Spill Remediation

Spill Remediation / Restoration can be simple to complex.  Even the least hazardous materials in small volumes can have significant adverse effects dependent on the persons/properties that are impacted.

The Environmental Protection Act (EPA) defines adverse effect as one or more of the following:

1.  Impairment of the quality of the natural environment for any use that can be made of it.

2.  Injury or damage to property or to facility or animal life.

3.  Harm or material discomfort to any person.

4.  An adverse effect on the health of any person.

5.  Impairment to the safety of any person.

6.  Rendering any property or facility or animal life unfit for  human use.

7.  Loss of enjoyment of normal use of property.

8.  Interference with the normal conduct of business.

The Proximity to the following locations needs to be considered:

i)    Health care facilities
ii)   Senior and long-term care facilities
iii)  Child Care Facilities
iv)  Educational Facilities
v)   Dwellings
vi)  Places of Business
vi)  Transportation corridors
vii) Environmentally Sensitive areas
viii)Ground water and surface water features
ix)  Wells or intakes to drinking water systems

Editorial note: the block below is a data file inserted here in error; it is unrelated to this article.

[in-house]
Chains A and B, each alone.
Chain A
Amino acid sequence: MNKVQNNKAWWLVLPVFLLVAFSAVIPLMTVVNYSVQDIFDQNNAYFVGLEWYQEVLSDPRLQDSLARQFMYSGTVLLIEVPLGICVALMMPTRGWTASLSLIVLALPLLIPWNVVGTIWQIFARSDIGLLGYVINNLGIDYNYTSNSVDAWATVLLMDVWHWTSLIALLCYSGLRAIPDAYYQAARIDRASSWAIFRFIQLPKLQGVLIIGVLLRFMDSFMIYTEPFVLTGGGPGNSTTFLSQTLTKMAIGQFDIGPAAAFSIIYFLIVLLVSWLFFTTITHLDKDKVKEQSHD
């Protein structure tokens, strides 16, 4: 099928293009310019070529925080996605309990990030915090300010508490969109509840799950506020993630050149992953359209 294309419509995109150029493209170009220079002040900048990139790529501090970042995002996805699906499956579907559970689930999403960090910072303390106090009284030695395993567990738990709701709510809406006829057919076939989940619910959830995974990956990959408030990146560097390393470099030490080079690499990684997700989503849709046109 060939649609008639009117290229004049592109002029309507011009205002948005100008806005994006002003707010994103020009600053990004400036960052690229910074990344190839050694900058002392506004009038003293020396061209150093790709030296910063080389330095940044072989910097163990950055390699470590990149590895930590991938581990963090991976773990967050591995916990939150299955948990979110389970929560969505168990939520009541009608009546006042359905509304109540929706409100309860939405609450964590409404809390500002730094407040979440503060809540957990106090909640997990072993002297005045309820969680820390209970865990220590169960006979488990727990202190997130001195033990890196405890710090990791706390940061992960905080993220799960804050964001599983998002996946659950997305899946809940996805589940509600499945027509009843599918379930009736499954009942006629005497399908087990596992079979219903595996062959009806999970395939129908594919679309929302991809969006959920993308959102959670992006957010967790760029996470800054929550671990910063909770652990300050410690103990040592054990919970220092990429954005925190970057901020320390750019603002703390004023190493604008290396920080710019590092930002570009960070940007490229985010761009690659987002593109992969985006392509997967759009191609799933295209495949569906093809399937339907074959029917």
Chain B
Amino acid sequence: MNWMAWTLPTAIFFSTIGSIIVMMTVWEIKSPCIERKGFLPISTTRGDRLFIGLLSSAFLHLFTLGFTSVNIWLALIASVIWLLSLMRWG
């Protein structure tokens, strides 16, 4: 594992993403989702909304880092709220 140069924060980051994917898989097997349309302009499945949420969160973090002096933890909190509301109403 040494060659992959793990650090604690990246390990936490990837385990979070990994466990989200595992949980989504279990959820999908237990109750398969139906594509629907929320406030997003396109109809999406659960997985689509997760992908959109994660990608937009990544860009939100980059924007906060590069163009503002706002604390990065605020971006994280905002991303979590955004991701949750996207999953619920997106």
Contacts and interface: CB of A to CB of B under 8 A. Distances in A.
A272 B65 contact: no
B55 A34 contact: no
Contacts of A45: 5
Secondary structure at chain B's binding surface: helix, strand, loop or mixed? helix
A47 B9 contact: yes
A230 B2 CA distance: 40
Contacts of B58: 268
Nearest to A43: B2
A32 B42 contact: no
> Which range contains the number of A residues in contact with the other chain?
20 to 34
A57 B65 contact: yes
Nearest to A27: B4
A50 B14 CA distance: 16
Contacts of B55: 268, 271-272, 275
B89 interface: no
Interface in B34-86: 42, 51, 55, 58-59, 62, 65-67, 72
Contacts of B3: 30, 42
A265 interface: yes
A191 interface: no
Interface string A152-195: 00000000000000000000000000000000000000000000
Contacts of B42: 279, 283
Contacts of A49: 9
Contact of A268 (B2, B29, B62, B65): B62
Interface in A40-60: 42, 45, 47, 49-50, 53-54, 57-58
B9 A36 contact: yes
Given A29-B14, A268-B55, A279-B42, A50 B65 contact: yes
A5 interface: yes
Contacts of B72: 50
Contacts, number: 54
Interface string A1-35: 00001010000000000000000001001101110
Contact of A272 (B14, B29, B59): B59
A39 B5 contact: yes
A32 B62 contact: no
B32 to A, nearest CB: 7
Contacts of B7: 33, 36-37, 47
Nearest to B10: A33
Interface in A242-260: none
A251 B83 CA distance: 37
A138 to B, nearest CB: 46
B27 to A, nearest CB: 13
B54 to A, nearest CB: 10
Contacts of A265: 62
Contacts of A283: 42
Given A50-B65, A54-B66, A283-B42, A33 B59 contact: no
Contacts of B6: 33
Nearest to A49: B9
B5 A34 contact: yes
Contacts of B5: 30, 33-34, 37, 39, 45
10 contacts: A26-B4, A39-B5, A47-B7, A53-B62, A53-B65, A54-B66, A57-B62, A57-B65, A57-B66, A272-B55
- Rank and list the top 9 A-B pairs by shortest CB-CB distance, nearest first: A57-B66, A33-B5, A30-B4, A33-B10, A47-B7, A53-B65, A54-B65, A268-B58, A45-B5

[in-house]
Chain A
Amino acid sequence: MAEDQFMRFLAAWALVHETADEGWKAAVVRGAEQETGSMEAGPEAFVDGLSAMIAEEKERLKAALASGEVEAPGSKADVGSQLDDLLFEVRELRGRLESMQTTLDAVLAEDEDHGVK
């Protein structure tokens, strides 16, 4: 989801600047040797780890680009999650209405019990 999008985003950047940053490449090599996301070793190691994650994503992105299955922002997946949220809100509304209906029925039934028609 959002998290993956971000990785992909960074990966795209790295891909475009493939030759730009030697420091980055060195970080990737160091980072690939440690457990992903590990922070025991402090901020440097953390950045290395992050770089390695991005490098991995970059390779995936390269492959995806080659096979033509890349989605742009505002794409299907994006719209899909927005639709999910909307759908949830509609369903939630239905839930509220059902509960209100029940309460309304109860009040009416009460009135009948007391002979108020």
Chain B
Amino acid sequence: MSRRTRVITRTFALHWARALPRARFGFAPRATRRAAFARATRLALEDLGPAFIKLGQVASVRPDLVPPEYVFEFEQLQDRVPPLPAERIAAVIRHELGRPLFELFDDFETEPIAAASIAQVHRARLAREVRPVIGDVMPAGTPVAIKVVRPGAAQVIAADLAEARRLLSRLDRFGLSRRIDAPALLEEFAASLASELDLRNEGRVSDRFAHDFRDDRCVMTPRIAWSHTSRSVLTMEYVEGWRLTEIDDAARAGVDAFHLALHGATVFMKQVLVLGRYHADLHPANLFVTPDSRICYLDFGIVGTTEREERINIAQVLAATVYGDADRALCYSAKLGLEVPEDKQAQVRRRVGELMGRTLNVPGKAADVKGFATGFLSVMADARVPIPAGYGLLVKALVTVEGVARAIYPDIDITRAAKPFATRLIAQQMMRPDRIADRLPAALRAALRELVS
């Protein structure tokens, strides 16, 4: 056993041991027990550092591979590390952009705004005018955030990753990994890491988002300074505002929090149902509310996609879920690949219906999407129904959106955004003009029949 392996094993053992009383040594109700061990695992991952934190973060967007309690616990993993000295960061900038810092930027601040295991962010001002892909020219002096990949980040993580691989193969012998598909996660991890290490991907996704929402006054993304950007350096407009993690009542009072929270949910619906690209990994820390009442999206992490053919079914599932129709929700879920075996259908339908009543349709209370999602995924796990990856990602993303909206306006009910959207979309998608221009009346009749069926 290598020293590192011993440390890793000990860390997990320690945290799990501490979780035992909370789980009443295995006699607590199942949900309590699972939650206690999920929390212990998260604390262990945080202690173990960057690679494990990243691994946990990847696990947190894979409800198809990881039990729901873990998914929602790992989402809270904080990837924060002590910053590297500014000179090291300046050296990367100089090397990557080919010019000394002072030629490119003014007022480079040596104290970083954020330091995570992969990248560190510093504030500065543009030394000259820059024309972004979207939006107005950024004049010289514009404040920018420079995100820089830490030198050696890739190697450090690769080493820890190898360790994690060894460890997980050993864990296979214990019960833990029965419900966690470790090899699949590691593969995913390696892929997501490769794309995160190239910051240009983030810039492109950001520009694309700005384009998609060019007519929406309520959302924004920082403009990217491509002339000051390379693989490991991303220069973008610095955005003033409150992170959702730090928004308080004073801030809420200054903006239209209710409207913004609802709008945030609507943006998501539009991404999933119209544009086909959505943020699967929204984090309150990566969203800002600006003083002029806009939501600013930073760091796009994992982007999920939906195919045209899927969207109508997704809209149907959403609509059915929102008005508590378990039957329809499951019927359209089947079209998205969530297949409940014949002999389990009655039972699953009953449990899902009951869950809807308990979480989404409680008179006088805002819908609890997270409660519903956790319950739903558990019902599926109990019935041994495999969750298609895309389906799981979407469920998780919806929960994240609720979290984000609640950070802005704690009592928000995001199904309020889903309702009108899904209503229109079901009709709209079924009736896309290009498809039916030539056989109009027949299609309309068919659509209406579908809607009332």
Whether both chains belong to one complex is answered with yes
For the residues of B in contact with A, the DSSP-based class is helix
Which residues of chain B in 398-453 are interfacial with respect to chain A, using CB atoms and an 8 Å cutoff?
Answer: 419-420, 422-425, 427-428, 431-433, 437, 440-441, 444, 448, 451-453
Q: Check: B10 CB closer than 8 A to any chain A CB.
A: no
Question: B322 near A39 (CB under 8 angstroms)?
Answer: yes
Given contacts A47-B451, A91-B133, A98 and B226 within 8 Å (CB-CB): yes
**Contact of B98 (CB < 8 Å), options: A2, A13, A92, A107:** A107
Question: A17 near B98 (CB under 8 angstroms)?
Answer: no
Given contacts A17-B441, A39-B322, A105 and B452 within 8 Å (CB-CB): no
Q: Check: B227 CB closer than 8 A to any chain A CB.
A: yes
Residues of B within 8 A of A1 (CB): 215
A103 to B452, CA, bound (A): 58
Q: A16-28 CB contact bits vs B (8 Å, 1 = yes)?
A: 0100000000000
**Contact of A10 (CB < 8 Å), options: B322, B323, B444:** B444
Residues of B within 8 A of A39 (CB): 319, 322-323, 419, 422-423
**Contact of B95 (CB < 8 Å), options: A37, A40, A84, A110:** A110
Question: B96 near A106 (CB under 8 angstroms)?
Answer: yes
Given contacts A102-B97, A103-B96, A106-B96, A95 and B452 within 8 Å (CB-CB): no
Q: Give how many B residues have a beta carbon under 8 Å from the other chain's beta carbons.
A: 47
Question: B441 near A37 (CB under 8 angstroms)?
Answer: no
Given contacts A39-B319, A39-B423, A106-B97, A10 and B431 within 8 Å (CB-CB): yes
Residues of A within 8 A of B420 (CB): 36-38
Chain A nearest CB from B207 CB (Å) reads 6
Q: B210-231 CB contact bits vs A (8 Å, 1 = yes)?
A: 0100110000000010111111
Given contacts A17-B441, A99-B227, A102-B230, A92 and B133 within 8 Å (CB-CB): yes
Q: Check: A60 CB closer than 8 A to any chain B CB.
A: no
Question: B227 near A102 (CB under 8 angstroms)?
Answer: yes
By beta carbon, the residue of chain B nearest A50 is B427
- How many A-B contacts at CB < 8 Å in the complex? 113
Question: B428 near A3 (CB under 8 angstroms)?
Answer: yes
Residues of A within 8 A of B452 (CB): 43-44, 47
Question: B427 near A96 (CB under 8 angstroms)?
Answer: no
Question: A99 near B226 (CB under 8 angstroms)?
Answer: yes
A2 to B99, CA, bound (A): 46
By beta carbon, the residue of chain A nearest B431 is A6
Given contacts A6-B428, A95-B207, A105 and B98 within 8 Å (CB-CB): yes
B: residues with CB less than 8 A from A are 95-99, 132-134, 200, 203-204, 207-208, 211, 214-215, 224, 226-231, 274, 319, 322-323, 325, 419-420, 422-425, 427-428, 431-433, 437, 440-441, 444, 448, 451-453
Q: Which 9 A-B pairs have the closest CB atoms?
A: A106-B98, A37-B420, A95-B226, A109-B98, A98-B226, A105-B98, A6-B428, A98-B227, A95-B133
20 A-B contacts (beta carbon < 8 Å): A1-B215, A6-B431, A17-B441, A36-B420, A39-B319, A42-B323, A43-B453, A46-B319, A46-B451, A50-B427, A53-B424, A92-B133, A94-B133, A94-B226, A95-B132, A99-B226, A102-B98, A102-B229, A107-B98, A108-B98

x)   Flood plain areas
xi)  Fish and wildlife habitat

Establishing the expectations of the proponents of a spill is paramount to completing remediation / restoration.  At a minimum the following would need inclusion:

1.  Proper classification of the tramp material collected and packaged at cleanup of the response
2.  Use of a competent and licensed waste carrier and receiver to properly dispose/treat the tramp material while managing costs.
3.  Final Report and documentation supplied to the relevant enforcement branches

Additional aspects of a restoration may include:

4.  Samples to validate cleanup is complete; restore to original condition

5.  Contaminated porous equipment/valuables may not be effectively cleaned/restored

6.  Loss of use of equipment/property may result in short term damages

7.  A previously undocumented spill event may require investigative analysis to distinguish between current restoration and former contaminant(s)

8.  Naturally occurring hydrocarbons may obscure the restoration objectives

At Hespro we are knowledgeable in the regulations and legislation.  We also understand the potential liabilities associated with "returning property to its original condition".  Our Professional Engineer will oversee the details of the remediation / restoration.